AMARILLO, TX (KFDA) - There was no doubt a wildfire was near as we stopped on U.S. Highway 287 in the tiny community of Goodnight between Clarendon and Claude.
You could smell smoke in the darkness before dawn last week on the edge of the canyon where a wildfire had been burning for days.
As the sun rose, firefighters began to gather with coffee in hand for the start of the morning briefing about the work ahead.
Their shirts said where home was, like California and central Texas, but some were from a different country. Those were some of the 45 members of the Los Diablos Fire Crew who cross the Mexican border to respond to emergencies for the U.S. government. They are paid for their efforts, but have to go back across the Rio Grande after their work is done.
"This is the first time the Diablos have been in northern Texas, usually they don't get out of South Texas," said Jesus Bonicichi, crew chief. "This is our fifth day. We got reassigned. We were on another incident in South Texas."
While media coverage of the Mallard Fire had people talking about the burning canyon, down in the juniper, mesquite and yucca seasoned with sweat and smoke there was another story to tell. The men leave their families and culture to do the work all over the U.S. for a federal paycheck until they return home to wait for the next emergency or move on to another one already in progress.
"We have a lot of qualified sawyers with chainsaw capabilities, so that was our role here on this incident. We helped construct indirect fire lines," Bonicichi said.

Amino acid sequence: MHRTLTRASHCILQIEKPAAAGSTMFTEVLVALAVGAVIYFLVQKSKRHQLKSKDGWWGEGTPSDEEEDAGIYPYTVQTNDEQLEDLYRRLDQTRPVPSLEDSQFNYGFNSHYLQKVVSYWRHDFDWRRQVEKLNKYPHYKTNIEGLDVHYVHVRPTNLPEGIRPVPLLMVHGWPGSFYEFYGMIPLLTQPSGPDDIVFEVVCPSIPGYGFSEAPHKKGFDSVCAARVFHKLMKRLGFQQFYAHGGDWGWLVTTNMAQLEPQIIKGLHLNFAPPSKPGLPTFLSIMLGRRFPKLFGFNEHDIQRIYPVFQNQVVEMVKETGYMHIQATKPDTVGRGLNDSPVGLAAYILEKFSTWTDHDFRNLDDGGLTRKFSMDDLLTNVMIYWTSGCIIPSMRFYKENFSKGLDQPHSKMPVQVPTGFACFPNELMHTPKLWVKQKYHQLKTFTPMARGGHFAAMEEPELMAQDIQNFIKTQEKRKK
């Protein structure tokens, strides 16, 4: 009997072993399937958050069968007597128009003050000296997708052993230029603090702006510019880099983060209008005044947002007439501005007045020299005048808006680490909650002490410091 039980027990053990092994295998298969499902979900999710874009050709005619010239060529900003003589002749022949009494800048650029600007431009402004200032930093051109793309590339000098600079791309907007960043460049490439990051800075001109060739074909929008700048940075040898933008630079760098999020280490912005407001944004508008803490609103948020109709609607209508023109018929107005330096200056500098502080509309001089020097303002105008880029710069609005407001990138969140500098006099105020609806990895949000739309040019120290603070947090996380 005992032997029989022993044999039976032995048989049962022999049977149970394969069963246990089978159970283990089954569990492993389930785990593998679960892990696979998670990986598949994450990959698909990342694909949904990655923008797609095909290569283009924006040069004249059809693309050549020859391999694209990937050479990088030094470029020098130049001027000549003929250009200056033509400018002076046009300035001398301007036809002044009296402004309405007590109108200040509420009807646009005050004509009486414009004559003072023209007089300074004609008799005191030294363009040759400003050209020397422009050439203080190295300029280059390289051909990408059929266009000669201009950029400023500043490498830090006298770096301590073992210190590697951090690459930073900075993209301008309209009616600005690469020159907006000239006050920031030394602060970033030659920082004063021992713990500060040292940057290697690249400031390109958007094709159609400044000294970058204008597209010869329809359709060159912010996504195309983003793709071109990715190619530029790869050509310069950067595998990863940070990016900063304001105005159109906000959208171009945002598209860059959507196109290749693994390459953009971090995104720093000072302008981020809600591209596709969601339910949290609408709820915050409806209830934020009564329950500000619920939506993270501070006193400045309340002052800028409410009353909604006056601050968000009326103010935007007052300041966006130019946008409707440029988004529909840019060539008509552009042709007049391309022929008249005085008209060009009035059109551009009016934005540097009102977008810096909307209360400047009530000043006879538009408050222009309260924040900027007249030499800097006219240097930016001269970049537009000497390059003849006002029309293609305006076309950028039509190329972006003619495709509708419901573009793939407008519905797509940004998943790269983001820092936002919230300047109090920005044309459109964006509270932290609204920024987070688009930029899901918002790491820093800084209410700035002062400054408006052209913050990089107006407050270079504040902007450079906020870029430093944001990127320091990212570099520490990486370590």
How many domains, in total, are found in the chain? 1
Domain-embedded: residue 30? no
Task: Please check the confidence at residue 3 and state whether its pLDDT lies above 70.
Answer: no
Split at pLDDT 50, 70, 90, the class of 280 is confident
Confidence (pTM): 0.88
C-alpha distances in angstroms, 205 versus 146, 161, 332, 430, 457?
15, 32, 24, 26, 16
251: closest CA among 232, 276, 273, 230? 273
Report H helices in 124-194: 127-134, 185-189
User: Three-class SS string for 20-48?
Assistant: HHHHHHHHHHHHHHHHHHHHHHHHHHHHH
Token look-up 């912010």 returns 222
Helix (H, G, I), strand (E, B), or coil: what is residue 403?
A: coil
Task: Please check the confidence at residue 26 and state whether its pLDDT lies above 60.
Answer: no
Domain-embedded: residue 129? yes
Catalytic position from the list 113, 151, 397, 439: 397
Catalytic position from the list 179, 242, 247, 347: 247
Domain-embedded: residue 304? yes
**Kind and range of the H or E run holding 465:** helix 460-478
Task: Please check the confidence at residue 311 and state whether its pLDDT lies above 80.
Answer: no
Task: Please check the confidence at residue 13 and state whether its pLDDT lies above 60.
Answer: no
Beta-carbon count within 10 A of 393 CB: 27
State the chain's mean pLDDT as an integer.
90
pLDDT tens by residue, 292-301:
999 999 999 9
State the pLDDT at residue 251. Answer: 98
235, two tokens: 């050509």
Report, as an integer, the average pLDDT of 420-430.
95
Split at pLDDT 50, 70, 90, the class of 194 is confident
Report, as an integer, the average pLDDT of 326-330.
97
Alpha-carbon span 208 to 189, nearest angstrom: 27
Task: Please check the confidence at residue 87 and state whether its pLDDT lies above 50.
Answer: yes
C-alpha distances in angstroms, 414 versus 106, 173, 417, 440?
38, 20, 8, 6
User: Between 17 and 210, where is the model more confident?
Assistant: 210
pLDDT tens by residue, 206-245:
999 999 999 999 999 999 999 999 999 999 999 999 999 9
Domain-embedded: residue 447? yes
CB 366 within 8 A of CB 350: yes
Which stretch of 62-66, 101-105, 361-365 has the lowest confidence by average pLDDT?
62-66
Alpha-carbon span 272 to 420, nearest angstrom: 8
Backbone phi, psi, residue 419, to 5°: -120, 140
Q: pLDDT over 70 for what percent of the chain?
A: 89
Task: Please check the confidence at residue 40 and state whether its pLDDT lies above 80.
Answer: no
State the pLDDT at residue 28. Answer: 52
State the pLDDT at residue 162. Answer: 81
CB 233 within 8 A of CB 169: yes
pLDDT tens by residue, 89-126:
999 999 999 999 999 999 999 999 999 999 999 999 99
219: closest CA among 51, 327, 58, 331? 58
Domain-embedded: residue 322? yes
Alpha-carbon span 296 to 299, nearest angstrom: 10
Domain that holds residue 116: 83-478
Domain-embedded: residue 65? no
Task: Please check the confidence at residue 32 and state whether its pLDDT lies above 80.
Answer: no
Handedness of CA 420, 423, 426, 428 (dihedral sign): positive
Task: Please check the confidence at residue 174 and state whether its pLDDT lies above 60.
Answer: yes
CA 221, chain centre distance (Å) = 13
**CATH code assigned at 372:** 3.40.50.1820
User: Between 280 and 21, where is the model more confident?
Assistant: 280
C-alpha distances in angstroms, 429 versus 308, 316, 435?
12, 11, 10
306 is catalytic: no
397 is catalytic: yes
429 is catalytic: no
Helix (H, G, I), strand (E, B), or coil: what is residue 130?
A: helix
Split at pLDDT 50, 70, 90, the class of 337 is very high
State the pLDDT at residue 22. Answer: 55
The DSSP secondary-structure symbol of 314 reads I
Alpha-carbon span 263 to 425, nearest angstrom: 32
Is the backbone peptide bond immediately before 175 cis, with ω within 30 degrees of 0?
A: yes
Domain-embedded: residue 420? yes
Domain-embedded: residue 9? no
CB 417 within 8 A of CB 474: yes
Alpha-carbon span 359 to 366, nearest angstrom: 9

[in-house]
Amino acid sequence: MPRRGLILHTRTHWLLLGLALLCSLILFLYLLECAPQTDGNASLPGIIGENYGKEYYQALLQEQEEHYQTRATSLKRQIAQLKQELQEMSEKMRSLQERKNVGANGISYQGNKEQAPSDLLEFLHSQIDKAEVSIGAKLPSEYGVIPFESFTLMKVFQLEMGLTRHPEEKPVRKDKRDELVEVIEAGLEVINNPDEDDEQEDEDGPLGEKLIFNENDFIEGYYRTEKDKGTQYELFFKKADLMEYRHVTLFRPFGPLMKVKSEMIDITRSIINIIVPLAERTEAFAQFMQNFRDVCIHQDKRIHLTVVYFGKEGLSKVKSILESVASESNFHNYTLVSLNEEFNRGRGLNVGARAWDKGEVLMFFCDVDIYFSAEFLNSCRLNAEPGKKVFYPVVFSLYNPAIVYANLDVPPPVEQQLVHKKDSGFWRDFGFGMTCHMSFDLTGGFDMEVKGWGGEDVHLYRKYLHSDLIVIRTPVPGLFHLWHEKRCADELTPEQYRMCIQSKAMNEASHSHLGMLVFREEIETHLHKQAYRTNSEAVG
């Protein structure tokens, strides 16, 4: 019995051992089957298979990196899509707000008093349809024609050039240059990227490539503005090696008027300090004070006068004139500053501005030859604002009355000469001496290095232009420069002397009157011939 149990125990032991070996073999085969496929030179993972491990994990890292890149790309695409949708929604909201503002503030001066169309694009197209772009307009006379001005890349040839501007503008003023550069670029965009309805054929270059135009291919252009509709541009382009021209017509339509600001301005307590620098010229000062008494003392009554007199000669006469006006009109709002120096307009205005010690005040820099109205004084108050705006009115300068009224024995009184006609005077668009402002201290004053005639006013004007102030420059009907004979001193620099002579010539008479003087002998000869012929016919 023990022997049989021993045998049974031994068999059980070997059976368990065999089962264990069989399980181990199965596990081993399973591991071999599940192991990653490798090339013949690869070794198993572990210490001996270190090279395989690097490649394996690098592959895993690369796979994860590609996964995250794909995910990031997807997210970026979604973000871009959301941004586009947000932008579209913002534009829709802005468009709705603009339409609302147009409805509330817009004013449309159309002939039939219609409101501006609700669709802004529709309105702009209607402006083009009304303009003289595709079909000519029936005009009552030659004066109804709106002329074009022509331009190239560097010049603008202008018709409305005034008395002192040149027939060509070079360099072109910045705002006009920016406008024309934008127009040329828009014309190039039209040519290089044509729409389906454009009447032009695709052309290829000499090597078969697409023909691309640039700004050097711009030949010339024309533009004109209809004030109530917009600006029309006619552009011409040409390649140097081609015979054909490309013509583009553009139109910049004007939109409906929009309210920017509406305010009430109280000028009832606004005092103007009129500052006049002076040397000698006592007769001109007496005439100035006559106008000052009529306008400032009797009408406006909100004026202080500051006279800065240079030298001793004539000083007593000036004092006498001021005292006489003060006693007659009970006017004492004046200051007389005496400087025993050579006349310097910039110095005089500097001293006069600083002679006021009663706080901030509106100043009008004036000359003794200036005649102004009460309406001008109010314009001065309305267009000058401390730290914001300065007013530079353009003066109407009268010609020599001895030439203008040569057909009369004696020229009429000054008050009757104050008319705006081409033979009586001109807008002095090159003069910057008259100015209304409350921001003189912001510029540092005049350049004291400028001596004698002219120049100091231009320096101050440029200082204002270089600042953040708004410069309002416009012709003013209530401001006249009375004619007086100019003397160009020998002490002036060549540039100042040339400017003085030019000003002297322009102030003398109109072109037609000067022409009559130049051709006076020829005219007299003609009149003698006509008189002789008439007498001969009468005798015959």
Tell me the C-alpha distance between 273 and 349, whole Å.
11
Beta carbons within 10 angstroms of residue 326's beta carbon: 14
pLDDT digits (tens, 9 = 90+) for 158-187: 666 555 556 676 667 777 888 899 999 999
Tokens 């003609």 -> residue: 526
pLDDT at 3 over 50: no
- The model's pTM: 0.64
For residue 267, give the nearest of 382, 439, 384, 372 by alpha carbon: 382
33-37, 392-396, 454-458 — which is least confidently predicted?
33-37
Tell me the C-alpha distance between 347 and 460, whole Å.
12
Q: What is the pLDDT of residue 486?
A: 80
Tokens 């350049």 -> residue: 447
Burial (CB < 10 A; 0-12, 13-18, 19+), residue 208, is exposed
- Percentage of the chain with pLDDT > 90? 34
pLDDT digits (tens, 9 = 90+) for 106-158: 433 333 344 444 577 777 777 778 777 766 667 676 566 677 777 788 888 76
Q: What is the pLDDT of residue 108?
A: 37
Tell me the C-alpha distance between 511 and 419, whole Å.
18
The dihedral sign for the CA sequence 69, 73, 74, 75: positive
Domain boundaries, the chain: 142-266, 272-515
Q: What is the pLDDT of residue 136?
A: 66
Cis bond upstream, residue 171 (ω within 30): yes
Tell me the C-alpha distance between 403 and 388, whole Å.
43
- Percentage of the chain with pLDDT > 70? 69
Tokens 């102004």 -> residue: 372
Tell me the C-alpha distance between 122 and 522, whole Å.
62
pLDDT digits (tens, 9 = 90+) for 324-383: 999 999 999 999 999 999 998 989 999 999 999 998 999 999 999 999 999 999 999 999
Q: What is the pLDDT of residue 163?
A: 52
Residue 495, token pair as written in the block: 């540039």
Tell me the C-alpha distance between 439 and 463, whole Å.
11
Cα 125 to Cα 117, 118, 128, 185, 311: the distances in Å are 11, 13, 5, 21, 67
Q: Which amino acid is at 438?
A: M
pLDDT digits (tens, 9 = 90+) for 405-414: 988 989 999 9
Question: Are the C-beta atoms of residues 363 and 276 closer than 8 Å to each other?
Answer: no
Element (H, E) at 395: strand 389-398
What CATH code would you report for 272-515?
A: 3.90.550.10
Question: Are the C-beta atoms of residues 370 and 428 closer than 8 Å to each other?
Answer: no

Firefighter Jesus Quintela Galindo said the members of Los Diablos can be working away from home in rugged terrain for several weeks.
"I miss everything - my family, the food like tacos, the town where we live," he said. "Sometimes we are away for 40 days, so when we're away from home, it's impossible not to miss everything."
Firefighters from large and small departments around the region and the country put boots on the ground at this month's Mallard Fire with aid from planes and helicopters in the air, as well as other machinery in the canyon.
Meanwhile, the Diablos were using their hands and tools to knock out the flames and clear fuel away from the fire as they live up to their motto to "fight fire like devils."
They've been doing that since 1990 starting in the Big Bend National Park across the Rio Grande from the desert villages where they live.
"A lot of them are from Coahuila, the State of Coahuila, and the State of Chihuahua. The temperatures there are really extreme. We have 100 plus temperatures pretty much year long and the winters, they are really harsh winters. Rugged terrain," Galindo said. "They're able to handle those extreme conditions."
With the help of Los Diablos, crews were able to contain the Mallard Fire and move on to aid in other emergencies.